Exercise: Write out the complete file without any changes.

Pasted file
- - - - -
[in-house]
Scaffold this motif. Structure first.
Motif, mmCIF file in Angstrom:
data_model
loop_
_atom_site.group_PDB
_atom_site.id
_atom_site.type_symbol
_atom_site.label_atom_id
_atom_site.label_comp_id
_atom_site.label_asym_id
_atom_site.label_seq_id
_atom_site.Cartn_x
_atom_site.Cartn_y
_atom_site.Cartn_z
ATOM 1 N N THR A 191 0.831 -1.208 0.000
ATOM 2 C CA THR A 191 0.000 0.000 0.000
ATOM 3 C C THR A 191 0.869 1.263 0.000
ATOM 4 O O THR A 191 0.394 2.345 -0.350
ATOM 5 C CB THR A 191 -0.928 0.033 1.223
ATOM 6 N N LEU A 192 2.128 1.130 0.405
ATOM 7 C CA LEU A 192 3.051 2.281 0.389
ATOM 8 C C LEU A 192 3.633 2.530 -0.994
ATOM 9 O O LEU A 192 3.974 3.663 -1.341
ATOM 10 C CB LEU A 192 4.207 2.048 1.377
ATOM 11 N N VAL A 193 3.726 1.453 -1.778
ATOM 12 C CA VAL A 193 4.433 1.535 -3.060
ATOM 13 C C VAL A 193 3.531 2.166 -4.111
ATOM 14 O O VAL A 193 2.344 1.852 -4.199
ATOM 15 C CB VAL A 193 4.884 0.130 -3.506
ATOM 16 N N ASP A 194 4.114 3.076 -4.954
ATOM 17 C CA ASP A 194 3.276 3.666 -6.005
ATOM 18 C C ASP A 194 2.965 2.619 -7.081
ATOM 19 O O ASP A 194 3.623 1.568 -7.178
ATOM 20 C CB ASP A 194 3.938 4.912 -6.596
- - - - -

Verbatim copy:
[in-house]
Scaffold this motif. Structure first.
Motif, mmCIF file in Angstrom:
data_model
loop_
_atom_site.group_PDB
_atom_site.id
_atom_site.type_symbol
_atom_site.label_atom_id
_atom_site.label_comp_id
_atom_site.label_asym_id
_atom_site.label_seq_id
_atom_site.Cartn_x
_atom_site.Cartn_y
_atom_site.Cartn_z
ATOM 1 N N THR A 191 0.831 -1.208 0.000
ATOM 2 C CA THR A 191 0.000 0.000 0.000
ATOM 3 C C THR A 191 0.869 1.263 0.000
ATOM 4 O O THR A 191 0.394 2.345 -0.350
ATOM 5 C CB THR A 191 -0.928 0.033 1.223
ATOM 6 N N LEU A 192 2.128 1.130 0.405
ATOM 7 C CA LEU A 192 3.051 2.281 0.389
ATOM 8 C C LEU A 192 3.633 2.530 -0.994
ATOM 9 O O LEU A 192 3.974 3.663 -1.341
ATOM 10 C CB LEU A 192 4.207 2.048 1.377
ATOM 11 N N VAL A 193 3.726 1.453 -1.778
ATOM 12 C CA VAL A 193 4.433 1.535 -3.060
ATOM 13 C C VAL A 193 3.531 2.166 -4.111
ATOM 14 O O VAL A 193 2.344 1.852 -4.199
ATOM 15 C CB VAL A 193 4.884 0.130 -3.506
ATOM 16 N N ASP A 194 4.114 3.076 -4.954
ATOM 17 C CA ASP A 194 3.276 3.666 -6.005
ATOM 18 C C ASP A 194 2.965 2.619 -7.081
ATOM 19 O O ASP A 194 3.623 1.568 -7.178
ATOM 20 C CB ASP A 194 3.938 4.912 -6.596